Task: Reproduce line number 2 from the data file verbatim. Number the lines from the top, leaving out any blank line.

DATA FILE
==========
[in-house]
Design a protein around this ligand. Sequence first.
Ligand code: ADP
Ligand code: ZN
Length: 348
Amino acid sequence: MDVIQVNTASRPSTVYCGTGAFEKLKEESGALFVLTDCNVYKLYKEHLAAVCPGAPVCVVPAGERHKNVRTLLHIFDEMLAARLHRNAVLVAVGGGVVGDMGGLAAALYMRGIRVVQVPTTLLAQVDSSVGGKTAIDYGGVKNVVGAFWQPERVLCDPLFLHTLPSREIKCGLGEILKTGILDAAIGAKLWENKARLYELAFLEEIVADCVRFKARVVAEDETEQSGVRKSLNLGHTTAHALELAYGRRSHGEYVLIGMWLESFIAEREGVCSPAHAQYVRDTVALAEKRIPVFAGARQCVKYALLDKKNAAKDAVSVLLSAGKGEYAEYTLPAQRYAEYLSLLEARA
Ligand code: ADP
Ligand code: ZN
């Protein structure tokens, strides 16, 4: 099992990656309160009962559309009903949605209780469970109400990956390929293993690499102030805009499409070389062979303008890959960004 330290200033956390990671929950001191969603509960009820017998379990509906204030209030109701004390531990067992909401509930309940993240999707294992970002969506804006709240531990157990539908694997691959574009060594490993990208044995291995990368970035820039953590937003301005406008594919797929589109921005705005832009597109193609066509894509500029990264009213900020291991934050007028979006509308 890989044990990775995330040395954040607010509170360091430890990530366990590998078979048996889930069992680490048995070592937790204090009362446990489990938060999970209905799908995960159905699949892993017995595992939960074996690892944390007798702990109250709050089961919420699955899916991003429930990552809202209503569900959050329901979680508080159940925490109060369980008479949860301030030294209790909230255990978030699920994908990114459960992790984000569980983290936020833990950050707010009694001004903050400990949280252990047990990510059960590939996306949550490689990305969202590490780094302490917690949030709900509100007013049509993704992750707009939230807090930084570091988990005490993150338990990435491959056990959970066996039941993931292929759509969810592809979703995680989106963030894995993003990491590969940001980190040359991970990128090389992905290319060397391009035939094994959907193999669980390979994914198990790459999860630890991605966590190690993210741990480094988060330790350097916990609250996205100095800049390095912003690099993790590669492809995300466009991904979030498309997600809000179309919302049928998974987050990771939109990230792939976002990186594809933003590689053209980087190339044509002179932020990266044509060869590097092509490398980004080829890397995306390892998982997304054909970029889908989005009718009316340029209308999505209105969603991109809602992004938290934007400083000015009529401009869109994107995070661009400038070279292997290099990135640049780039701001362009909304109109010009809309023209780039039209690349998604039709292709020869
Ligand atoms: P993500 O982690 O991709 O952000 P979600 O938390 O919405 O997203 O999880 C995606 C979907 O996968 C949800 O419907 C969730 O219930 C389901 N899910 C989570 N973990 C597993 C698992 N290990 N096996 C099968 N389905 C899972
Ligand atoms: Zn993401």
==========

Design a protein around this ligand. Sequence first.